The Juergens brothers’ fields are divided into 10- to 20-acre plots and grid-sampled to determine the exact nutrient needs. Slurry samples are taken during the land application process, where they are tested within 24 hours.
“We have GPS guidance systems, so we know how much manure is being put on the land, as well as where and when,” Aaron points out. “There has been a powerful economic payoff for using effluent from the site to provide nutrients for the crops.”
For example, during the 2008 growing season, the applied effluent provided nearly all the corn crop’s needs for nitrogen, phosphorous and potassium. That added up to a savings of $132/acre as compared to purchasing the same nutrients in the form of commercial fertilizer.
Peter Juergens specializes in air quality, studying a variety of air emissions mitigation strategies. He points out that virtually all gases inside a hog building come from the decomposition of manure. His idea is to treat the manure with compounds that help eliminate odors at the source.
The Juergens brothers’ parents toured a swine unit in Maryland a few years back that incorporated a sophisticated approach to odor control. The family invested in the technology, which they now call the Juergens Environmental Control System.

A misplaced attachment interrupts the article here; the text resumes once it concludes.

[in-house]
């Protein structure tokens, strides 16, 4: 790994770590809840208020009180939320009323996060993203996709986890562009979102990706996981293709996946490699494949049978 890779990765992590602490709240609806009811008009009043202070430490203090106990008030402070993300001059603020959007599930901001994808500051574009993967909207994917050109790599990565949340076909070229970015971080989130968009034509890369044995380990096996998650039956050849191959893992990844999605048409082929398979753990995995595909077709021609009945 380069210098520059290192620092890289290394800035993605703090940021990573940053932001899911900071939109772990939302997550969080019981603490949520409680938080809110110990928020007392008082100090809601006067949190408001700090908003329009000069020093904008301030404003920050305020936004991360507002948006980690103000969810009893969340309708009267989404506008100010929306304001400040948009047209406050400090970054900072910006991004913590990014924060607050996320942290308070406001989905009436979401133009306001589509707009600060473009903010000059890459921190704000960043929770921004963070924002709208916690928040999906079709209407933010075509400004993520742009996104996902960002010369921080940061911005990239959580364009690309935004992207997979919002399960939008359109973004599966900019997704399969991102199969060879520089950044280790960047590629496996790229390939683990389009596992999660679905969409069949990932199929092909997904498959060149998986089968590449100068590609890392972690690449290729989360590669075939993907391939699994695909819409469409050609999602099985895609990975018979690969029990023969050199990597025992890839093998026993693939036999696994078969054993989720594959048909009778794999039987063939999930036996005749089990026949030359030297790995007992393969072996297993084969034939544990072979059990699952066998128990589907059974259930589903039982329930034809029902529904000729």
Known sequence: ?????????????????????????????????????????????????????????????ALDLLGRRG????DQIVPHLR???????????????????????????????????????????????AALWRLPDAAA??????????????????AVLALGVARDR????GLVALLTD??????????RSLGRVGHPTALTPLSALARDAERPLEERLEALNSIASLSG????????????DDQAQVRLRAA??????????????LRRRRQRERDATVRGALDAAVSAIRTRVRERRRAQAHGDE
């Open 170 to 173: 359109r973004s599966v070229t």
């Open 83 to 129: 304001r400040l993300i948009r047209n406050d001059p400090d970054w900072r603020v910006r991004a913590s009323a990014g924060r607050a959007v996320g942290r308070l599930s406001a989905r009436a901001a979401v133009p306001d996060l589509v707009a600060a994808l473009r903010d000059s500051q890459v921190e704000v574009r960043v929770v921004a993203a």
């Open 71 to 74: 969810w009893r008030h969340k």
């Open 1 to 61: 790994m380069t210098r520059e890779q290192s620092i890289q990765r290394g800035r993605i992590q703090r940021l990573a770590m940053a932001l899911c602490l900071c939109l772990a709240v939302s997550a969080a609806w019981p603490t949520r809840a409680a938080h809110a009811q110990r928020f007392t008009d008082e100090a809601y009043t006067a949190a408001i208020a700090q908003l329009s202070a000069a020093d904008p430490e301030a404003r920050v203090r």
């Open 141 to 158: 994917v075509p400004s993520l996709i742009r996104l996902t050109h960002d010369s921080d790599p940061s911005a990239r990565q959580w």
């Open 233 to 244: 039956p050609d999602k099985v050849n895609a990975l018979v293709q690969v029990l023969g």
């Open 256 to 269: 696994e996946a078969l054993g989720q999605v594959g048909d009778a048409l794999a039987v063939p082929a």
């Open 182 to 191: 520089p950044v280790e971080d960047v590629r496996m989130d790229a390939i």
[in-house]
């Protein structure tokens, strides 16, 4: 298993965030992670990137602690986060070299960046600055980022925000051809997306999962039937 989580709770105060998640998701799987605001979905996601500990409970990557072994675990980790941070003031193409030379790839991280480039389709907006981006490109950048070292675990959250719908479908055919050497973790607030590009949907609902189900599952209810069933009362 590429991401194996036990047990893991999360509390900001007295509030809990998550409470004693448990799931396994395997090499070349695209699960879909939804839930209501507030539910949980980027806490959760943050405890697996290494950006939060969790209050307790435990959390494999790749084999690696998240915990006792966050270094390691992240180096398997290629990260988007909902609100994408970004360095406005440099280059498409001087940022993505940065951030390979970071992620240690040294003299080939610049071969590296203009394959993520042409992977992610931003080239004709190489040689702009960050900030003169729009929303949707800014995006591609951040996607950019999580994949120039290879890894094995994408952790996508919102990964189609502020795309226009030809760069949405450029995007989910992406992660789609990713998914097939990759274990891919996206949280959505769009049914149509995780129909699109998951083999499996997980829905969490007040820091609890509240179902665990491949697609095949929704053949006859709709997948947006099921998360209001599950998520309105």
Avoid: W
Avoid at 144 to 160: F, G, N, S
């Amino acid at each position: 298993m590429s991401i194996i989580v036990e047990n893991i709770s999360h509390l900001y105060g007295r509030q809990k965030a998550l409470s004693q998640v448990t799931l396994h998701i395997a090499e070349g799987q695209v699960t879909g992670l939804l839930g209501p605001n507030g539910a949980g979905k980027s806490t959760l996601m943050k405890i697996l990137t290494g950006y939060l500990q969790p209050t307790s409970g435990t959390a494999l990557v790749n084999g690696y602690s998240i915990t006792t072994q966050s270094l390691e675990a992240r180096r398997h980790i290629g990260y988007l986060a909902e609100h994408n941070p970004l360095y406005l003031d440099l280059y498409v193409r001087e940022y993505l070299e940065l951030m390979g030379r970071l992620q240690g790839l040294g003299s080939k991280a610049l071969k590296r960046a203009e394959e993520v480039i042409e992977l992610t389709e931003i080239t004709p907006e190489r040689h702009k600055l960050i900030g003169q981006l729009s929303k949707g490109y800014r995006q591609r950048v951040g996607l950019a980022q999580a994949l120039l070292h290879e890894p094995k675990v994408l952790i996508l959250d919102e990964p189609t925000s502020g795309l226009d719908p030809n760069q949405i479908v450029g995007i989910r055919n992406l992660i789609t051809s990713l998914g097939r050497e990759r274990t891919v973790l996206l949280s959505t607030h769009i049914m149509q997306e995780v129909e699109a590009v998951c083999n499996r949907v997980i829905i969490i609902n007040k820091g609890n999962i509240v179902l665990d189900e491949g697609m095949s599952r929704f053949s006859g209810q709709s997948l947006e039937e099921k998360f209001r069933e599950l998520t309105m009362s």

The Ranch Creek site has the system in place, and Peter uses the finishers to further study and refine his approach. The basic approach of the system is to control dust, odors and gases in and around the barns.
The first key part of the technology is the atomization system, which treats air from the ceiling to the slotted floors. In simple terms, it delivers a shot of air freshener every few hours to the air above the pigs.
A set of pipes are installed on the ceiling on 10-ft. centers, and nozzles every 10 ft. deliver a mist of a solution designed to neutralize ammonia and capture dust particles, causing them to settle out of the air. The Juergens family makes its own solution by blending vegetable oil into a water formulation that includes ethanol alcohol, citric acid, eucalyptus and vanilla.
The formulation is stored in a 275-gallon tote outside the finishers in a separate small shed called a “biosecurity unit.” The location outside the barns allows workers to replenish solutions without coming into contact with the pigs.
The building also houses a computerized controller that operates the system. The controller is set to deliver the atomized solution six times a day for only five seconds at a time. Also in the biosecurity shed is the main pump that agitates and mixes the solution for 10 minutes prior to each application, which gets it into full suspension. Then the pump pushes the solution through specially designed nozzles under high pressure to produce an aerosol mist with micron-sized particles.